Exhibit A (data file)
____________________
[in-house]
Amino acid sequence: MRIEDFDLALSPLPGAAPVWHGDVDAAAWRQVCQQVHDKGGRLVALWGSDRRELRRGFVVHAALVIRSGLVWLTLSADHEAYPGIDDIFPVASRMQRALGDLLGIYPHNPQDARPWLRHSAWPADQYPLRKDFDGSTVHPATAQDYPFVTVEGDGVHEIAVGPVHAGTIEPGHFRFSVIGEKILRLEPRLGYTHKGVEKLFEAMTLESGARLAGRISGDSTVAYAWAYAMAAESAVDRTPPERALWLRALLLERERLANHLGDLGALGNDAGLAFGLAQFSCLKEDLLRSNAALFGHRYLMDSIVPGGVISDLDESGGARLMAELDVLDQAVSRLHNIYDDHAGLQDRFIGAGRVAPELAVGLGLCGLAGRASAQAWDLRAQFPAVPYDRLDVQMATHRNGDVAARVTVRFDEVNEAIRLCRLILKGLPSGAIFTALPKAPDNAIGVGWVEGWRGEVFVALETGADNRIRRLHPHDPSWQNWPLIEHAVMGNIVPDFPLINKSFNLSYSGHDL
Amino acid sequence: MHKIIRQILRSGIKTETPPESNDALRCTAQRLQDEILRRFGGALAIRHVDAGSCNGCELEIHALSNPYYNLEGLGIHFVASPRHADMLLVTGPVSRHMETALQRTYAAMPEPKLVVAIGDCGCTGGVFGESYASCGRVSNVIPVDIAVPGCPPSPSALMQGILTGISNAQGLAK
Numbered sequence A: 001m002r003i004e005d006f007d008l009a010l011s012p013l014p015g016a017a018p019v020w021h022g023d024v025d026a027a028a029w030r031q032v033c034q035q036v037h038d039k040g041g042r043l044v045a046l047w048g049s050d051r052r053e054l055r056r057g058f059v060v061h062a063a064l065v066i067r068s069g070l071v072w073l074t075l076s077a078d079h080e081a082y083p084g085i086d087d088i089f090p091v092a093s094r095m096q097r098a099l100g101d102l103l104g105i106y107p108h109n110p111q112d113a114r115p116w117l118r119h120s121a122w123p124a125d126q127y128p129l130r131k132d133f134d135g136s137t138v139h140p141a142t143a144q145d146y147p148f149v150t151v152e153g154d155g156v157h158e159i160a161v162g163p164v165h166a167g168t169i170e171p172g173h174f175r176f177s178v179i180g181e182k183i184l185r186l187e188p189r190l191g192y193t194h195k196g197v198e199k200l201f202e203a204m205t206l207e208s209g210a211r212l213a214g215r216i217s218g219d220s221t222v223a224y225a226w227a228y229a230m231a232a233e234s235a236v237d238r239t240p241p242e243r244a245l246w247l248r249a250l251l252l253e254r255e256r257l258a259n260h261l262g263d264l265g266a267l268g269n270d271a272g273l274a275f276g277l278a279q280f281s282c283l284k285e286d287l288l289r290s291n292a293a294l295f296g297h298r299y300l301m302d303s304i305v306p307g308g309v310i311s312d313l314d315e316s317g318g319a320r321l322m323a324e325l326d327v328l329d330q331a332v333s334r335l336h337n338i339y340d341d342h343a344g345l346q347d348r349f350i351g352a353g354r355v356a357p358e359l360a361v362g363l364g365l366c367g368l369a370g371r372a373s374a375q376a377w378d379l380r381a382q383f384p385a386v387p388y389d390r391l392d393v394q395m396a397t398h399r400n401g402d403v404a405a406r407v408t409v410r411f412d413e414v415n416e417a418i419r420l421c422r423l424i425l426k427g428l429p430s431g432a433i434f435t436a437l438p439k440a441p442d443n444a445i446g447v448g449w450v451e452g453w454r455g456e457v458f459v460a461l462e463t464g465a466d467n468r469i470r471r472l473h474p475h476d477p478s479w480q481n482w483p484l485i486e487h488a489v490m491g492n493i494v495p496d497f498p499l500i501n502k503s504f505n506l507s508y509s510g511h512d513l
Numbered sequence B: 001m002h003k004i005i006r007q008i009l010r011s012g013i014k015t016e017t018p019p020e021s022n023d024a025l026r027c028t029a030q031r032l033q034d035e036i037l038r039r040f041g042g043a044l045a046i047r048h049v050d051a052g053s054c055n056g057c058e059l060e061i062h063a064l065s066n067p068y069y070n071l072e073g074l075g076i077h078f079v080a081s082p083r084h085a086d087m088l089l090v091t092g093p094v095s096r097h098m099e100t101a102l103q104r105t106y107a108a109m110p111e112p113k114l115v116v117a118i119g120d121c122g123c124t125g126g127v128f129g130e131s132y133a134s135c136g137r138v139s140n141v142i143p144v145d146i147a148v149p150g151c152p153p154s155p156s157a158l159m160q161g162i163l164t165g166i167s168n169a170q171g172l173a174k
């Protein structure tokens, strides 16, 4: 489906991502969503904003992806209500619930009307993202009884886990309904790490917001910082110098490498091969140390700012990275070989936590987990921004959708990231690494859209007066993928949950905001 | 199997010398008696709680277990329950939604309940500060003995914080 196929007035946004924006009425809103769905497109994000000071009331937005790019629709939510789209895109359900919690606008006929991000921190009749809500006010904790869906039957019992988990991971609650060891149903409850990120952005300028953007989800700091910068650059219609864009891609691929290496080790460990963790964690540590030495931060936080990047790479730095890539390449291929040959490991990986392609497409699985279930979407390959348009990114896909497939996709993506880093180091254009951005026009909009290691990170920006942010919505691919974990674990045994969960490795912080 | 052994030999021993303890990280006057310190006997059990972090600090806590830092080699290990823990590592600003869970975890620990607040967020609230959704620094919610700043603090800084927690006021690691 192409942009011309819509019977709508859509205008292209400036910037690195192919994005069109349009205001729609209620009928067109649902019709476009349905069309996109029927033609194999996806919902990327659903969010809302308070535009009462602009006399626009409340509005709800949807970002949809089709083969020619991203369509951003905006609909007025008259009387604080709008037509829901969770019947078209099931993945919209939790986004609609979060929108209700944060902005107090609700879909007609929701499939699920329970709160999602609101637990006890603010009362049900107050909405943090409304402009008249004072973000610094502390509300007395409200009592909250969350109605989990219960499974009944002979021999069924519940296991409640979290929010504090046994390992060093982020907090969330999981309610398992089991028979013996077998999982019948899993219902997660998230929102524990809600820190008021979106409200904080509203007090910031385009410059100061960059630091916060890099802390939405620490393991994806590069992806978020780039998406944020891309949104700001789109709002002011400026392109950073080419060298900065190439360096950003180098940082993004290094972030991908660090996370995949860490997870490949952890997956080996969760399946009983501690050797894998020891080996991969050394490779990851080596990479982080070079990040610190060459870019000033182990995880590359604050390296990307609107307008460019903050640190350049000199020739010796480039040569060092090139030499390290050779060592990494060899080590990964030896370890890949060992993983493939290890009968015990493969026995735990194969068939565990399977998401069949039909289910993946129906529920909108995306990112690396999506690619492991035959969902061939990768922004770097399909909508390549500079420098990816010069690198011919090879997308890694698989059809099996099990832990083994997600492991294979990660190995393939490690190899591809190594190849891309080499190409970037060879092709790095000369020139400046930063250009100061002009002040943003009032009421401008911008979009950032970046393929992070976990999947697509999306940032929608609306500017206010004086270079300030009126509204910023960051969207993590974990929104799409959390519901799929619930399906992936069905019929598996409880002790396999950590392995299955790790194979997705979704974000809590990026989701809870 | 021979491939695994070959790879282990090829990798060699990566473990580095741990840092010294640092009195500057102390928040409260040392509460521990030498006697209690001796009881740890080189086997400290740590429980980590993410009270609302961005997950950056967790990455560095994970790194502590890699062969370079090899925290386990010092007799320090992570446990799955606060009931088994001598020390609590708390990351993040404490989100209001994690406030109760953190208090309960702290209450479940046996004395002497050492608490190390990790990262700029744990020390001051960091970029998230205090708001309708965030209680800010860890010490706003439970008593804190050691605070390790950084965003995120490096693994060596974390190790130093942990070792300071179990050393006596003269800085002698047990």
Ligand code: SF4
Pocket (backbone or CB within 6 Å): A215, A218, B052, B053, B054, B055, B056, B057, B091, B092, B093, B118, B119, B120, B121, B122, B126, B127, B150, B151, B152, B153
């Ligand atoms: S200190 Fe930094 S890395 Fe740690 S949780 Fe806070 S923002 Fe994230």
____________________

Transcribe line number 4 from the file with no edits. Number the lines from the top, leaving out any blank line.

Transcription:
Numbered sequence A: 001m002r003i004e005d006f007d008l009a010l011s012p013l014p015g016a017a018p019v020w021h022g023d024v025d026a027a028a029w030r031q032v033c034q035q036v037h038d039k040g041g042r043l044v045a046l047w048g049s050d051r052r053e054l055r056r057g058f059v060v061h062a063a064l065v066i067r068s069g070l071v072w073l074t075l076s077a078d079h080e081a082y083p084g085i086d087d088i089f090p091v092a093s094r095m096q097r098a099l100g101d102l103l104g105i106y107p108h109n110p111q112d113a114r115p116w117l118r119h120s121a122w123p124a125d126q127y128p129l130r131k132d133f134d135g136s137t138v139h140p141a142t143a144q145d146y147p148f149v150t151v152e153g154d155g156v157h158e159i160a161v162g163p164v165h166a167g168t169i170e171p172g173h174f175r176f177s178v179i180g181e182k183i184l185r186l187e188p189r190l191g192y193t194h195k196g197v198e199k200l201f202e203a204m205t206l207e208s209g210a211r212l213a214g215r216i217s218g219d220s221t222v223a224y225a226w227a228y229a230m231a232a233e234s235a236v237d238r239t240p241p242e243r244a245l246w247l248r249a250l251l252l253e254r255e256r257l258a259n260h261l262g263d264l265g266a267l268g269n270d271a272g273l274a275f276g277l278a279q280f281s282c283l284k285e286d287l288l289r290s291n292a293a294l295f296g297h298r299y300l301m302d303s304i305v306p307g308g309v310i311s312d313l314d315e316s317g318g319a320r321l322m323a324e325l326d327v328l329d330q331a332v333s334r335l336h337n338i339y340d341d342h343a344g345l346q347d348r349f350i351g352a353g354r355v356a357p358e359l360a361v362g363l364g365l366c367g368l369a370g371r372a373s374a375q376a377w378d379l380r381a382q383f384p385a386v387p388y389d390r391l392d393v394q395m396a397t398h399r400n401g402d403v404a405a406r407v408t409v410r411f412d413e414v415n416e417a418i419r420l421c422r423l424i425l426k427g428l429p430s431g432a433i434f435t436a437l438p439k440a441p442d443n444a445i446g447v448g449w450v451e452g453w454r455g456e457v458f459v460a461l462e463t464g465a466d467n468r469i470r471r472l473h474p475h476d477p478s479w480q481n482w483p484l485i486e487h488a489v490m491g492n493i494v495p496d497f498p499l500i501n502k503s504f505n506l507s508y509s510g511h512d513l